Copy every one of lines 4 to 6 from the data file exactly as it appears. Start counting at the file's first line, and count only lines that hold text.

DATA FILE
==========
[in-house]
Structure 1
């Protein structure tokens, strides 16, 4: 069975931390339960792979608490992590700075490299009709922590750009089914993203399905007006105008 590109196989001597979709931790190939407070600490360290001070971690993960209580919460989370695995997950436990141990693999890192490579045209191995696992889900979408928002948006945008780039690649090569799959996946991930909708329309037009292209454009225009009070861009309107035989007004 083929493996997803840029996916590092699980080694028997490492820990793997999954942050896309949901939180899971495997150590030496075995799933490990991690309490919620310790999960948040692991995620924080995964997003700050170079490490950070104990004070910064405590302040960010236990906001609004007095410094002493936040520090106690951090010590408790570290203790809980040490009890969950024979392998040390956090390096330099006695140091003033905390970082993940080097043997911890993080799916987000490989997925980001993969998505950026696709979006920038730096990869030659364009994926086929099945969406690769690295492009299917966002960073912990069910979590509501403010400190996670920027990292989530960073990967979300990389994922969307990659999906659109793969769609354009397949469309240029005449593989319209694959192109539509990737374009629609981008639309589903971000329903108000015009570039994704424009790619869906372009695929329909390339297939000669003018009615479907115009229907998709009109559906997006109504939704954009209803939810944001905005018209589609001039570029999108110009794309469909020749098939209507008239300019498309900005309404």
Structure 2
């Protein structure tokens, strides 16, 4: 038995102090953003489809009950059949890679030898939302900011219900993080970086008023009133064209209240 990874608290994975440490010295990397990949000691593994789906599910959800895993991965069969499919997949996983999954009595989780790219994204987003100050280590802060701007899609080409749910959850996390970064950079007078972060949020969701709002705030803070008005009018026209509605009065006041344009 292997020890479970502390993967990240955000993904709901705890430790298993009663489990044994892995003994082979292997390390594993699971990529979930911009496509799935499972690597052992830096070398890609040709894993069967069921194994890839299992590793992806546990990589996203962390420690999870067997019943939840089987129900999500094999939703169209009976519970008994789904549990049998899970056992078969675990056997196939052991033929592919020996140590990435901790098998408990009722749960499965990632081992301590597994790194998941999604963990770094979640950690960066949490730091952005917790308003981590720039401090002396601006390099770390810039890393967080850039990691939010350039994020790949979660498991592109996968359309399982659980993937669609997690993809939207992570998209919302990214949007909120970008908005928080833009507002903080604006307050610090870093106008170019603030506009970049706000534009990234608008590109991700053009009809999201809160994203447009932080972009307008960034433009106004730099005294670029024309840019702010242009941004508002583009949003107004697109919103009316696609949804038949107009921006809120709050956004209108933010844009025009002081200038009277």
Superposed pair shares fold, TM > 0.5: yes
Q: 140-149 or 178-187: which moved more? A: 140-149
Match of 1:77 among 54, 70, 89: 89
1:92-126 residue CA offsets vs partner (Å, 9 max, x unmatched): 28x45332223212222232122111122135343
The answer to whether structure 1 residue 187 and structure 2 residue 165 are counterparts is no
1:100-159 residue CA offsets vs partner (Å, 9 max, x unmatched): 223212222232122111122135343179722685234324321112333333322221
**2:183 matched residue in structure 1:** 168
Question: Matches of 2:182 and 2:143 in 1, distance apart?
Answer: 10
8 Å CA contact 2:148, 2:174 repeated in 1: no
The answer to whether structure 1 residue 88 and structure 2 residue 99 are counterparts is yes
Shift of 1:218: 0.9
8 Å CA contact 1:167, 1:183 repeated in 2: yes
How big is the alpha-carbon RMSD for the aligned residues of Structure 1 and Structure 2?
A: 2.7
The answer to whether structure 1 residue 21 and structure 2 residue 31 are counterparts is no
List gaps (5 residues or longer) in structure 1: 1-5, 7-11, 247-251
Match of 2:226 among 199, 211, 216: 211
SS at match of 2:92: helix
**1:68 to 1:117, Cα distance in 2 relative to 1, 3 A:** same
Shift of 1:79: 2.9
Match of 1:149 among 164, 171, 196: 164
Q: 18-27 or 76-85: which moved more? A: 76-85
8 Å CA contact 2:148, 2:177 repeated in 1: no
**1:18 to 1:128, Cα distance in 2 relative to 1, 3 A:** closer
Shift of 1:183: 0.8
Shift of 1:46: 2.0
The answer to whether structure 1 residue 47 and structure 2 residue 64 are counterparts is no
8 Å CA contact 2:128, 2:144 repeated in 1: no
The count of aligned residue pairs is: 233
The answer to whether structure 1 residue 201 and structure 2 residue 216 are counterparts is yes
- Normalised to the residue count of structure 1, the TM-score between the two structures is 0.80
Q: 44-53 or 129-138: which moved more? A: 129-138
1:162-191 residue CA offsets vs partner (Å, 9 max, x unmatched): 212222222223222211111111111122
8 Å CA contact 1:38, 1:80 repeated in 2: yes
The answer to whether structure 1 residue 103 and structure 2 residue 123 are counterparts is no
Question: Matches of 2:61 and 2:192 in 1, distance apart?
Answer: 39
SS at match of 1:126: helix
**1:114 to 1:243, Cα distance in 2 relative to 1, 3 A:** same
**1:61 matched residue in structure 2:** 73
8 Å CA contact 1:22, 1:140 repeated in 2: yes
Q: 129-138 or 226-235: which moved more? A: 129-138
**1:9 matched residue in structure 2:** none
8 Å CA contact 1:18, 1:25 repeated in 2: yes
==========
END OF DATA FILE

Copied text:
Structure 2
């Protein structure tokens, strides 16, 4: 038995102090953003489809009950059949890679030898939302900011219900993080970086008023009133064209209240 990874608290994975440490010295990397990949000691593994789906599910959800895993991965069969499919997949996983999954009595989780790219994204987003100050280590802060701007899609080409749910959850996390970064950079007078972060949020969701709002705030803070008005009018026209509605009065006041344009 292997020890479970502390993967990240955000993904709901705890430790298993009663489990044994892995003994082979292997390390594993699971990529979930911009496509799935499972690597052992830096070398890609040709894993069967069921194994890839299992590793992806546990990589996203962390420690999870067997019943939840089987129900999500094999939703169209009976519970008994789904549990049998899970056992078969675990056997196939052991033929592919020996140590990435901790098998408990009722749960499965990632081992301590597994790194998941999604963990770094979640950690960066949490730091952005917790308003981590720039401090002396601006390099770390810039890393967080850039990691939010350039994020790949979660498991592109996968359309399982659980993937669609997690993809939207992570998209919302990214949007909120970008908005928080833009507002903080604006307050610090870093106008170019603030506009970049706000534009990234608008590109991700053009009809999201809160994203447009932080972009307008960034433009106004730099005294670029024309840019702010242009941004508002583009949003107004697109919103009316696609949804038949107009921006809120709050956004209108933010844009025009002081200038009277």
Superposed pair shares fold, TM > 0.5: yes